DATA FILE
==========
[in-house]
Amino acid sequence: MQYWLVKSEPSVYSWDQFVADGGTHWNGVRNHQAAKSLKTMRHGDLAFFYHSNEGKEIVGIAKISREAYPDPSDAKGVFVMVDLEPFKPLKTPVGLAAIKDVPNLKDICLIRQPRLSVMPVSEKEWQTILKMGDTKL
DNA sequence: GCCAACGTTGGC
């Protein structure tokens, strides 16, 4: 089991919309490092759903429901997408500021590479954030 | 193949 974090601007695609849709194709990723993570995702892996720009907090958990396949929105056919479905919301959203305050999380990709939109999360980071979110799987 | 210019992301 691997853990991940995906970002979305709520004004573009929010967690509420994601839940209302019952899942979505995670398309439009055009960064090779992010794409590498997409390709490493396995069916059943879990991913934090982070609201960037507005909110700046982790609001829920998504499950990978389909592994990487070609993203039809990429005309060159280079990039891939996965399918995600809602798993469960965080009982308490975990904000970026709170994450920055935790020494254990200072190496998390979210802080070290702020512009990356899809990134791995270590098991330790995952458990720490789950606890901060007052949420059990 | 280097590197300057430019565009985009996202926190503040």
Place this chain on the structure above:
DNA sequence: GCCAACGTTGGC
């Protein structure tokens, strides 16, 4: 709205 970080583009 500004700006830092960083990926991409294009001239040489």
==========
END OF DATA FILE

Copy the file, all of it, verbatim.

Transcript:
[in-house]
Amino acid sequence: MQYWLVKSEPSVYSWDQFVADGGTHWNGVRNHQAAKSLKTMRHGDLAFFYHSNEGKEIVGIAKISREAYPDPSDAKGVFVMVDLEPFKPLKTPVGLAAIKDVPNLKDICLIRQPRLSVMPVSEKEWQTILKMGDTKL
DNA sequence: GCCAACGTTGGC
């Protein structure tokens, strides 16, 4: 089991919309490092759903429901997408500021590479954030 | 193949 974090601007695609849709194709990723993570995702892996720009907090958990396949929105056919479905919301959203305050999380990709939109999360980071979110799987 | 210019992301 691997853990991940995906970002979305709520004004573009929010967690509420994601839940209302019952899942979505995670398309439009055009960064090779992010794409590498997409390709490493396995069916059943879990991913934090982070609201960037507005909110700046982790609001829920998504499950990978389909592994990487070609993203039809990429005309060159280079990039891939996965399918995600809602798993469960965080009982308490975990904000970026709170994450920055935790020494254990200072190496998390979210802080070290702020512009990356899809990134791995270590098991330790995952458990720490789950606890901060007052949420059990 | 280097590197300057430019565009985009996202926190503040």
Place this chain on the structure above:
DNA sequence: GCCAACGTTGGC
């Protein structure tokens, strides 16, 4: 709205 970080583009 500004700006830092960083990926991409294009001239040489």